Conductive Play-Doh breaks convention
Discovery could reshape the future of electronics technology Metal Tech News – November 2, 2022
Last updated 11/1/2022 at 2:13pm
Going against all known rules of conductivity, researchers from the University of Chicago are astonished by a strange material that can be made like plastic but conducts electricity like metal, being likened to conductive Play-Doh.
Conventional electronics, whether it be an iPhone, solar panel, or television, use conductive materials; otherwise, they would be no different than the raw materials they are transformed from.
Metals, such as copper, gold, and aluminum, are by far the oldest and largest group of conductors. Then about 50 years ago, scientists were able to create conductors made of organic materials using a chemical treatment known as doping, which sprinkles in different atoms or "impurities" throughout the material.
The fact that these materials are more flexible and easier to work with than conventional metals is what makes them truly attractive as a replacement to the ancient practices, but the major problem lies in their instability, possibly losing their conductivity if exposed to moisture or if the temperature rises too high.
However, fundamentally, both organic and traditional metallic conductors share a common characteristic – they are made up of straight, closely packed rows of atoms or molecules that allow electrons to easily flow through the material, much like cars on a highway.
Scientists have long thought a material had to have these straight, orderly rows in order to conduct electricity efficiently.
University of Chicago scientists have now dispelled this long-held belief by creating a material that can be made like a plastic but conducts more like a metal – a game-changing discovery that could reshape future electronics.
"In principle, this opens up the design of a whole new class of materials that conduct electricity, are easy to shape, and are very robust in everyday conditions," said John Anderson, an associate professor of chemistry at the University of Chicago and senior author of the study published in the journal "Nature."
New class of conductive materials
The research shows how to make a kind of material in which the molecular fragments are jumbled and disordered but can still conduct electricity extremely well.
This goes against all the rules that are currently understood about conductivity – to a scientist, it is kind of like seeing a car driving on water yet whizzing by at 70 miles per hour. But the finding could also prove to be extraordinarily useful. Often, on the way to inventing something revolutionary, the process first starts with discovering a completely new material.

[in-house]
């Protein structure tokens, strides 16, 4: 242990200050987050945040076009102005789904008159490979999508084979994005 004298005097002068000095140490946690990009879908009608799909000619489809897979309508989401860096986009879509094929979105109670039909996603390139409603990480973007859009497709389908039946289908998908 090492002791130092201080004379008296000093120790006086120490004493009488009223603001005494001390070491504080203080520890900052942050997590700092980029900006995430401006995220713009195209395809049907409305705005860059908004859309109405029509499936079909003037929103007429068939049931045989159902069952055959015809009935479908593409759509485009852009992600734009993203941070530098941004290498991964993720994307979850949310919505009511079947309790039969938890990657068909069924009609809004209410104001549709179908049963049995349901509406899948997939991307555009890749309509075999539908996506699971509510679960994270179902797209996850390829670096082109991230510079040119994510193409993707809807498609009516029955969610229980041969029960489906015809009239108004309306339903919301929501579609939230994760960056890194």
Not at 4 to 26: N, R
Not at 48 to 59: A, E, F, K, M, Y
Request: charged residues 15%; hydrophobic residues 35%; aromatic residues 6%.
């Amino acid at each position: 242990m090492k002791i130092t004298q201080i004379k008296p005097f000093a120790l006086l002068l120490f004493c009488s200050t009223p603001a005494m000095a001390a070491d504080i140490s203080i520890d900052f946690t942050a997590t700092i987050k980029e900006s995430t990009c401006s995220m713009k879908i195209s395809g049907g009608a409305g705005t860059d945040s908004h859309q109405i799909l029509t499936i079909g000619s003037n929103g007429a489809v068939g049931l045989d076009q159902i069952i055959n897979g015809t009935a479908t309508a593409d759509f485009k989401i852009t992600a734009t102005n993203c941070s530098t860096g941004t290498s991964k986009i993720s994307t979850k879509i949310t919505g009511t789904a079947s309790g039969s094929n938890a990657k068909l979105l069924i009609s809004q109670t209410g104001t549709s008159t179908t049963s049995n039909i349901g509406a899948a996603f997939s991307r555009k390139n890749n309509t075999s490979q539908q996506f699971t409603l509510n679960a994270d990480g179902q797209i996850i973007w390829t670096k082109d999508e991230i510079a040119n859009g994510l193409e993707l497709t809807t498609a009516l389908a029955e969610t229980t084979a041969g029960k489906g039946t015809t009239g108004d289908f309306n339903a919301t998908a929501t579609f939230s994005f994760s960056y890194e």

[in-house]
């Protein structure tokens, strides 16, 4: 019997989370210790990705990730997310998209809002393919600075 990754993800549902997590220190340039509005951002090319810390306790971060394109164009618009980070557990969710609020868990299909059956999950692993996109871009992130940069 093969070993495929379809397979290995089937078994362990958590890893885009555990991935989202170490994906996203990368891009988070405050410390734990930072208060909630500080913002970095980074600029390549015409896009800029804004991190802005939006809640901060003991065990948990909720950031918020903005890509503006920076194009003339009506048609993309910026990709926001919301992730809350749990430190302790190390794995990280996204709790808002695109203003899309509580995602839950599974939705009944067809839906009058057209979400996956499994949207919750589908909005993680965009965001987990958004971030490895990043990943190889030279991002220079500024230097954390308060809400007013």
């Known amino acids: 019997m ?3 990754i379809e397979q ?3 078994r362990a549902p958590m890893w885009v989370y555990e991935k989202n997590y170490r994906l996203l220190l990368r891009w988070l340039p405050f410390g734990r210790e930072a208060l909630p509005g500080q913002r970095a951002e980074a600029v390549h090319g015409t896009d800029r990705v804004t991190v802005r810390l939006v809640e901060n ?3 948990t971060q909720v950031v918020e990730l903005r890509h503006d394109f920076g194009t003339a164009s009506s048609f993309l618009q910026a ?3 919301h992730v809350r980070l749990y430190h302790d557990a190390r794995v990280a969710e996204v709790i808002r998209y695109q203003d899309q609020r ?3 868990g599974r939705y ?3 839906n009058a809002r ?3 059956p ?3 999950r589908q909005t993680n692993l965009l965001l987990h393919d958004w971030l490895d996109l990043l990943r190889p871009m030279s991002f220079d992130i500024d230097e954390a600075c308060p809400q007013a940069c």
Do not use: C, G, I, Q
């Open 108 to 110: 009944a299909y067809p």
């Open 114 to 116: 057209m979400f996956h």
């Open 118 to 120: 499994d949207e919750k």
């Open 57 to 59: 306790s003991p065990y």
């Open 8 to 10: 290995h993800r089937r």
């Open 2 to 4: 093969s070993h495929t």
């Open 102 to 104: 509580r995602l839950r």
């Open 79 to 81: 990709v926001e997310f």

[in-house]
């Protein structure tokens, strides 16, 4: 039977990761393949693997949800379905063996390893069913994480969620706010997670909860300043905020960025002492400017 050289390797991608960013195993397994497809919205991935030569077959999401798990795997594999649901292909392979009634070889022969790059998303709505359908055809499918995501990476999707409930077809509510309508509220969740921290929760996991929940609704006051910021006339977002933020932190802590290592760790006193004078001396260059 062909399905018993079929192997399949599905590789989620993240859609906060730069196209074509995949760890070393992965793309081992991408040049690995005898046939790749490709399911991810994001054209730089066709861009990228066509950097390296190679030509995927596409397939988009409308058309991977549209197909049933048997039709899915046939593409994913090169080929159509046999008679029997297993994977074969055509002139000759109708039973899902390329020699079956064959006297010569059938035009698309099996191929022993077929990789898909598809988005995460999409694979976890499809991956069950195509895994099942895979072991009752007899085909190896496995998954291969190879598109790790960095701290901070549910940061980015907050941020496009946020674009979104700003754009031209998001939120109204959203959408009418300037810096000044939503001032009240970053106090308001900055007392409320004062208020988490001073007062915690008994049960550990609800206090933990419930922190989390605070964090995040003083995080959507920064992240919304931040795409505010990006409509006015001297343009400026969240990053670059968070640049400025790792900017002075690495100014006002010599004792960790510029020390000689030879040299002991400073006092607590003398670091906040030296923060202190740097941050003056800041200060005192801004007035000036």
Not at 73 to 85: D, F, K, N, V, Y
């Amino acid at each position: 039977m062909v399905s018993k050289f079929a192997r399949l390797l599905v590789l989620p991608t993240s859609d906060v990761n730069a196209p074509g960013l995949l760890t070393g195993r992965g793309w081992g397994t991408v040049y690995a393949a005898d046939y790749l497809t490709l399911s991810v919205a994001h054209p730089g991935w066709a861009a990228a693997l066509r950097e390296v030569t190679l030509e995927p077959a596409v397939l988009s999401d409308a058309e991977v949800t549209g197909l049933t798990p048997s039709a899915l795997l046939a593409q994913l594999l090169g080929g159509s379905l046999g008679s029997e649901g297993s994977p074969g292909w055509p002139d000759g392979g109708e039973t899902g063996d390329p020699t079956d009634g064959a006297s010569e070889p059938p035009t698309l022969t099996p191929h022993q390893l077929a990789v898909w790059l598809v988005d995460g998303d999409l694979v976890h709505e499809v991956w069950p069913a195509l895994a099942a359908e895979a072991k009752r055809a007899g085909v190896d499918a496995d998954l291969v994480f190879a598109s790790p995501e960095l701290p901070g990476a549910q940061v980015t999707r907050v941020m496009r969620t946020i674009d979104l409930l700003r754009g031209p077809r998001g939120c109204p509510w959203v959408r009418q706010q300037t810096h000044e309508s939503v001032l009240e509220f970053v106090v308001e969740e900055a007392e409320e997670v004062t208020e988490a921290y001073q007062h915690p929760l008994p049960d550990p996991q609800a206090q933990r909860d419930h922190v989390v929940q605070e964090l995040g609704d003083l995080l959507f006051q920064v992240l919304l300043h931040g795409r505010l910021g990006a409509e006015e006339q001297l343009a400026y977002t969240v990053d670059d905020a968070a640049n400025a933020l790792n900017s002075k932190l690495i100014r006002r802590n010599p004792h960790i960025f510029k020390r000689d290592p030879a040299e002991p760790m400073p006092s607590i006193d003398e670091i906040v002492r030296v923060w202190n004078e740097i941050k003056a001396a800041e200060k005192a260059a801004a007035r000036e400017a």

"Essentially, it suggests new possibilities for an extremely important technological group of materials," said Jiaze Xie, first author of the paper published on the discovery.
Experimenting with materials that were discovered years ago but were largely ignored, Xie began to string nickel atoms like pearls into a thread of molecular beads made of carbon and sulfur and started testing.
To his astonishment, and of his colleagues, the material easily and strongly conducted electricity. What's more, it was very stable.
"We heated it, chilled it, exposed it to air and humidity, and even dripped acid and base on it, and nothing happened," said Xie.
These traits are enormously helpful for devices that could potentially function in the real world.
But the most striking thing to the scientists was that the molecular structure of the material was disordered.
"From a fundamental picture, that should not be able to be a metal," said Anderson. "There isn't a solid theory to explain this."
Xie, Anderson, and their lab worked with other scientists around the university to try to understand how the material can conduct electricity. After tests, simulations, and theoretical work, they think that the material forms layers, like sheets in a lasagna. Even if the sheets rotate sideways, no longer forming a neat stack of pasta, electrons can still move horizontally or vertically – as long as the pieces touch.
The end results are unprecedented for a conductive material.
"It's almost like conductive Play-Doh – you can smush it into place and it conducts electricity," Anderson said.
Opening the floodgates
The researchers are particularly excited about this discovery because it suggests a fundamentally new design principle for electronics technology.
Conductors are so vitally important that virtually any new development opens up new lines for technology, they explained.
One of the material's attractive characteristics is new options for processing. For example, metals must usually be melted to be made into the right shape for a chip or device, which limits what you can make with them since other components of a device have to withstand the heat needed to process these materials.
This new conductive plastic has no such restriction because it can be made at room temperature. Furthermore, it can be used where the need for a device or pieces of the device to withstand heat, acid, alkalinity, or humidity has previously limited engineers' options to develop new technology.
The team is also exploring the different forms and functions the material might make.
"We think we can make it 2D or 3D, make it porous, or even introduce other functions by adding different linkers or nodes," added Xie.
With the possibility to mold a Play-Doh-like conductive material and even attach further characteristics without negating its intrinsic conductivity, the breadth of this material appears limitless at present. Considering the growing popularity of 3D printers, plastic-like filaments that can conduct electricity may be the starting shot that propels us into the next age of electronics.